The Trump administration made the decision to delay tariffs on some Chinese imports from September until mid-December because proceeding next month would have caused “more pain on us, rather than pain on [China],” White House trade advisor Peter Navarro said on Aug. 14.
The U.S. Trade Representative’s Office on Aug. 13 published a notice delaying the imposition of a 10 percent import tariff on a range of consumer goods, including laptops, cell phones, and video game consoles.
Two weeks ago, President Donald Trump, unsatisfied with the progress of trade talks, announced a 10 percent tariff on $300 billion of Chinese imports to begin on Sept. 1, saying the regime did not deliver on its pledges to buy U.S. agricultural products and stem the flow of fentanyl to the United States.
Navarro, in an interview with Fox Business on Aug. 14, said the three month delay on certain Chinese goods came after hearing feedback from American businesses and stakeholders impacted by the move.
Businesses told the administration that they had already bought Chinese goods for the Christmas holiday season, and there was no way to change the contracts to take into account the tariffs, Navarro said.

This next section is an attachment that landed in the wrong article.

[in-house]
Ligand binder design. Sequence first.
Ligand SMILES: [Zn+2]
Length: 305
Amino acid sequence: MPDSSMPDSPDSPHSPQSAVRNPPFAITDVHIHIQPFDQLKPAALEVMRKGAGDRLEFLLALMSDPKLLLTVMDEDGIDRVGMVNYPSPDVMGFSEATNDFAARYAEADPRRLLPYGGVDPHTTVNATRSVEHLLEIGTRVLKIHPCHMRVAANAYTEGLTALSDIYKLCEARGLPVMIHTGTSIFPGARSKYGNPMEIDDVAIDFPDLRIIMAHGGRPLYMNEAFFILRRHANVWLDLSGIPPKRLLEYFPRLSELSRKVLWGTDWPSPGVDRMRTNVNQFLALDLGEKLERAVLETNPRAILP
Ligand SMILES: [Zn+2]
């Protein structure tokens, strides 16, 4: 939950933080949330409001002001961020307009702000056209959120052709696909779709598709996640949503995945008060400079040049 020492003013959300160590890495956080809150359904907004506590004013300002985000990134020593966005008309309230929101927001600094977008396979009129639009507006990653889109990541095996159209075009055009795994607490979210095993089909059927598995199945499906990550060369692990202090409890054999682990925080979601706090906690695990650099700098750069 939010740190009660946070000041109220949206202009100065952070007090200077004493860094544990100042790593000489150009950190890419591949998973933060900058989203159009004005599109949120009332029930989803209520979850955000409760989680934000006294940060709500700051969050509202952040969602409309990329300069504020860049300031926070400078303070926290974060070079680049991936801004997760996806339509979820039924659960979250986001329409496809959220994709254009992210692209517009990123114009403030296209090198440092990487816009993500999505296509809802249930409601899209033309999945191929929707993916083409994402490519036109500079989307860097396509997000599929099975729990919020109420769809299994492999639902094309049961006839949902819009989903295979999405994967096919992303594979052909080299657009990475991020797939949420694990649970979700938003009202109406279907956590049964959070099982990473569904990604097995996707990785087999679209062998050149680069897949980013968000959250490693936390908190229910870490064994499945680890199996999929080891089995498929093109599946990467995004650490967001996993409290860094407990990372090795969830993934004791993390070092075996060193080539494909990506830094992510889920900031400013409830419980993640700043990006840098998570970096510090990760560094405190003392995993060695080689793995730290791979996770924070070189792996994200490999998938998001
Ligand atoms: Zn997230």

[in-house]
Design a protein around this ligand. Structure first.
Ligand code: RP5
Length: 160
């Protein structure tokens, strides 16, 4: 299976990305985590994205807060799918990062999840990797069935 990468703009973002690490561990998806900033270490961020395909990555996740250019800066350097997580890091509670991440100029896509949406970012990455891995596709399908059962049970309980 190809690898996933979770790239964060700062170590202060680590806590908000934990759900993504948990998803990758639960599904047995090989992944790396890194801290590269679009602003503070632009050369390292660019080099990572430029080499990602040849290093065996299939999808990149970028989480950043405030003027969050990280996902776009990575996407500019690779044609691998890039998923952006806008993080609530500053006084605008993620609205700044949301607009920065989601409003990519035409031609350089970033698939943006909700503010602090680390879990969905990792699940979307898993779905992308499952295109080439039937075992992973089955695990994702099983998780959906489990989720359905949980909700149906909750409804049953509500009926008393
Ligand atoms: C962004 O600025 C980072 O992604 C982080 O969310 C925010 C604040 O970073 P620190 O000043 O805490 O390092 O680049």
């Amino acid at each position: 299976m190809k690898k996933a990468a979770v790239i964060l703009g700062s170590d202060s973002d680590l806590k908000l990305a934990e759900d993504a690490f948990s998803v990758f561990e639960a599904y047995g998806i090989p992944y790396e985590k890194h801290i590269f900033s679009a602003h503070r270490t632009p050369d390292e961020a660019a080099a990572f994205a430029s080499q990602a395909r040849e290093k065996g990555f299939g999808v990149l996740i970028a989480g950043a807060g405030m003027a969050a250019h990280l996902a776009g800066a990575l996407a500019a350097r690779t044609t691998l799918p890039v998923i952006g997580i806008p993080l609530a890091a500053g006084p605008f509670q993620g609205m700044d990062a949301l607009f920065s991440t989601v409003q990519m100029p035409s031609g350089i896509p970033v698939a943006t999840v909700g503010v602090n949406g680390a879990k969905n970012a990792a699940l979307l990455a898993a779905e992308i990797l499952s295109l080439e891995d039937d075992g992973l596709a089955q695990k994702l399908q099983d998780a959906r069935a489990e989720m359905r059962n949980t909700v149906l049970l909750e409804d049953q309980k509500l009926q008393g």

“On that basis alone, there was no reason to inflict harm on ourselves,” he said.
Navarro said the “overwhelming majority” of these businesses said they would continue to shift their sourcing, production and supply chain out of China.
He said Trump’s “strong and flexible” decision to delay the tariff imposition would “continue to pressure on China.”
“Most of the pressure now is the fact that China is losing their supply chain,” Navarro added.
The administration is still moving ahead with imposing the 10 percent tariffs on much of the $300 billion list of Chinese goods, including smartwatches, to start on Sept. 1.
Earlier on Aug. 14, U.S. Commerce Secretary Wilbur Ross told CNBC that the postponement decision did not involve any concessions from Beijing.
“This was not a quid pro quo,” Ross said.
Meanwhile the two sides are continuing trade negotiations, with a phone call due within the next two weeks, Navarro said. Ross told CNBC that a date has not been set for another round of in-person talks.
“These negotiations will happen behind closed doors … And people just need to be patient,” Navarro said.
Reiterating previous remarks, the trade advisor said the negotiations were about addressing the Chinese regime’s “seven acts of economic aggression.”
According to Navarro, they are: “cyber intrusions into our business networks, forced technology transfer in exchange for market access, intellectual property theft, dumping into our markets, state-owned enterprises which are heavily subsidized, currency manipulation, and killing Americans with fentanyl.”
He added the the United States cannot “meet the Chinese halfway” on these structural issues.
“Because if you meet them halfway, then they’ll only be stealing half as much as they’re stealing, and killing half as many Americans.”